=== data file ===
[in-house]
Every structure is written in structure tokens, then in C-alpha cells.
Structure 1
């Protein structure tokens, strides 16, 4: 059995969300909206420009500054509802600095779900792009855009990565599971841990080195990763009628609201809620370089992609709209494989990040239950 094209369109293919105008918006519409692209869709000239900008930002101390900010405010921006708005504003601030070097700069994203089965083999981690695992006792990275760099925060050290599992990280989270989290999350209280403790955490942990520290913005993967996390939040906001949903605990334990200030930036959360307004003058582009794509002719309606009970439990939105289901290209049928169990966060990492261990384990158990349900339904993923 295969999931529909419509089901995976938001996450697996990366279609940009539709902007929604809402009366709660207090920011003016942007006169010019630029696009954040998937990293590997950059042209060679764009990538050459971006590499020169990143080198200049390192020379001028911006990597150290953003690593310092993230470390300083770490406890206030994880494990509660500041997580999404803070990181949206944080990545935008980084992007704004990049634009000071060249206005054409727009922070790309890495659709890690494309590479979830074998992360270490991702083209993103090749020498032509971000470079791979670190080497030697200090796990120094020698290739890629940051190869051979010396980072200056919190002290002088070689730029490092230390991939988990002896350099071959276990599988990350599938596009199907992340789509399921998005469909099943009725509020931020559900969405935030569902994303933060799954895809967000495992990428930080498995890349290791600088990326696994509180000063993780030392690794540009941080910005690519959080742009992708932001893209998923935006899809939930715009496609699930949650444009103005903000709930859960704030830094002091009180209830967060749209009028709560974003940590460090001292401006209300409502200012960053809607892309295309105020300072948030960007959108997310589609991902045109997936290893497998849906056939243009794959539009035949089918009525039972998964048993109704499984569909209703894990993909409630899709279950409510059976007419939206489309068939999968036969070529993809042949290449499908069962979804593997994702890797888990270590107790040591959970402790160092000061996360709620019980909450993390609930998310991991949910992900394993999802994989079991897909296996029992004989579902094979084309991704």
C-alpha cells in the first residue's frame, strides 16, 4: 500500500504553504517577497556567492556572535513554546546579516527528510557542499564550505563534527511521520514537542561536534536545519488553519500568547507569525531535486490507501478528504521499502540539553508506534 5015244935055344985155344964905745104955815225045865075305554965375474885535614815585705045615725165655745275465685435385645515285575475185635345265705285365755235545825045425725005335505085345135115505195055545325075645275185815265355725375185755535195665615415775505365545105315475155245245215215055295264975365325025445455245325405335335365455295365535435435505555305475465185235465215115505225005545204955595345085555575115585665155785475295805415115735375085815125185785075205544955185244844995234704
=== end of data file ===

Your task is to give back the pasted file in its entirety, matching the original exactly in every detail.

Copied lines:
[in-house]
Every structure is written in structure tokens, then in C-alpha cells.
Structure 1
């Protein structure tokens, strides 16, 4: 059995969300909206420009500054509802600095779900792009855009990565599971841990080195990763009628609201809620370089992609709209494989990040239950 094209369109293919105008918006519409692209869709000239900008930002101390900010405010921006708005504003601030070097700069994203089965083999981690695992006792990275760099925060050290599992990280989270989290999350209280403790955490942990520290913005993967996390939040906001949903605990334990200030930036959360307004003058582009794509002719309606009970439990939105289901290209049928169990966060990492261990384990158990349900339904993923 295969999931529909419509089901995976938001996450697996990366279609940009539709902007929604809402009366709660207090920011003016942007006169010019630029696009954040998937990293590997950059042209060679764009990538050459971006590499020169990143080198200049390192020379001028911006990597150290953003690593310092993230470390300083770490406890206030994880494990509660500041997580999404803070990181949206944080990545935008980084992007704004990049634009000071060249206005054409727009922070790309890495659709890690494309590479979830074998992360270490991702083209993103090749020498032509971000470079791979670190080497030697200090796990120094020698290739890629940051190869051979010396980072200056919190002290002088070689730029490092230390991939988990002896350099071959276990599988990350599938596009199907992340789509399921998005469909099943009725509020931020559900969405935030569902994303933060799954895809967000495992990428930080498995890349290791600088990326696994509180000063993780030392690794540009941080910005690519959080742009992708932001893209998923935006899809939930715009496609699930949650444009103005903000709930859960704030830094002091009180209830967060749209009028709560974003940590460090001292401006209300409502200012960053809607892309295309105020300072948030960007959108997310589609991902045109997936290893497998849906056939243009794959539009035949089918009525039972998964048993109704499984569909209703894990993909409630899709279950409510059976007419939206489309068939999968036969070529993809042949290449499908069962979804593997994702890797888990270590107790040591959970402790160092000061996360709620019980909450993390609930998310991991949910992900394993999802994989079991897909296996029992004989579902094979084309991704």
C-alpha cells in the first residue's frame, strides 16, 4: 500500500504553504517577497556567492556572535513554546546579516527528510557542499564550505563534527511521520514537542561536534536545519488553519500568547507569525531535486490507501478528504521499502540539553508506534 5015244935055344985155344964905745104955815225045865075305554965375474885535614815585705045615725165655745275465685435385645515285575475185635345265705285365755235545825045425725005335505085345135115505195055545325075645275185815265355725375185755535195665615415775505365545105315475155245245215215055295264975365325025445455245325405335335365455295365535435435505555305475465185235465215115505225005545204955595345085555575115585665155785475295805415115735375085815125185785075205544955185244844995234704